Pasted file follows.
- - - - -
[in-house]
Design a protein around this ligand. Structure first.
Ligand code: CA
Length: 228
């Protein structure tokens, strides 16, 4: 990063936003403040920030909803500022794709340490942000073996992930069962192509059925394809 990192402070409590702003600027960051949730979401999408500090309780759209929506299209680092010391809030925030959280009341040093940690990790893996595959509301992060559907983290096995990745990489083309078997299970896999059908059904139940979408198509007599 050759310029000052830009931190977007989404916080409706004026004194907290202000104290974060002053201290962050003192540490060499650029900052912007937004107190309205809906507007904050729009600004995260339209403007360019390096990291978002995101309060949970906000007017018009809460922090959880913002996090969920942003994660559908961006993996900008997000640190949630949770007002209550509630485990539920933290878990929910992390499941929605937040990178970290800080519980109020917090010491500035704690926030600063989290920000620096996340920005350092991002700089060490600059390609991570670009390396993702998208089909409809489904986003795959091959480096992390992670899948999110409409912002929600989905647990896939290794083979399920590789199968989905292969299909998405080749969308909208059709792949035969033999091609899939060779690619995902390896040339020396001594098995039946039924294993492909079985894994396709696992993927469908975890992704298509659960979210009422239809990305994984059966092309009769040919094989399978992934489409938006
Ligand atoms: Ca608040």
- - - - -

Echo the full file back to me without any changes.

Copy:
[in-house]
Design a protein around this ligand. Structure first.
Ligand code: CA
Length: 228
């Protein structure tokens, strides 16, 4: 990063936003403040920030909803500022794709340490942000073996992930069962192509059925394809 990192402070409590702003600027960051949730979401999408500090309780759209929506299209680092010391809030925030959280009341040093940690990790893996595959509301992060559907983290096995990745990489083309078997299970896999059908059904139940979408198509007599 050759310029000052830009931190977007989404916080409706004026004194907290202000104290974060002053201290962050003192540490060499650029900052912007937004107190309205809906507007904050729009600004995260339209403007360019390096990291978002995101309060949970906000007017018009809460922090959880913002996090969920942003994660559908961006993996900008997000640190949630949770007002209550509630485990539920933290878990929910992390499941929605937040990178970290800080519980109020917090010491500035704690926030600063989290920000620096996340920005350092991002700089060490600059390609991570670009390396993702998208089909409809489904986003795959091959480096992390992670899948999110409409912002929600989905647990896939290794083979399920590789199968989905292969299909998405080749969308909208059709792949035969033999091609899939060779690619995902390896040339020396001594098995039946039924294993492909079985894994396709696992993927469908975890992704298509659960979210009422239809990305994984059966092309009769040919094989399978992934489409938006
Ligand atoms: Ca608040």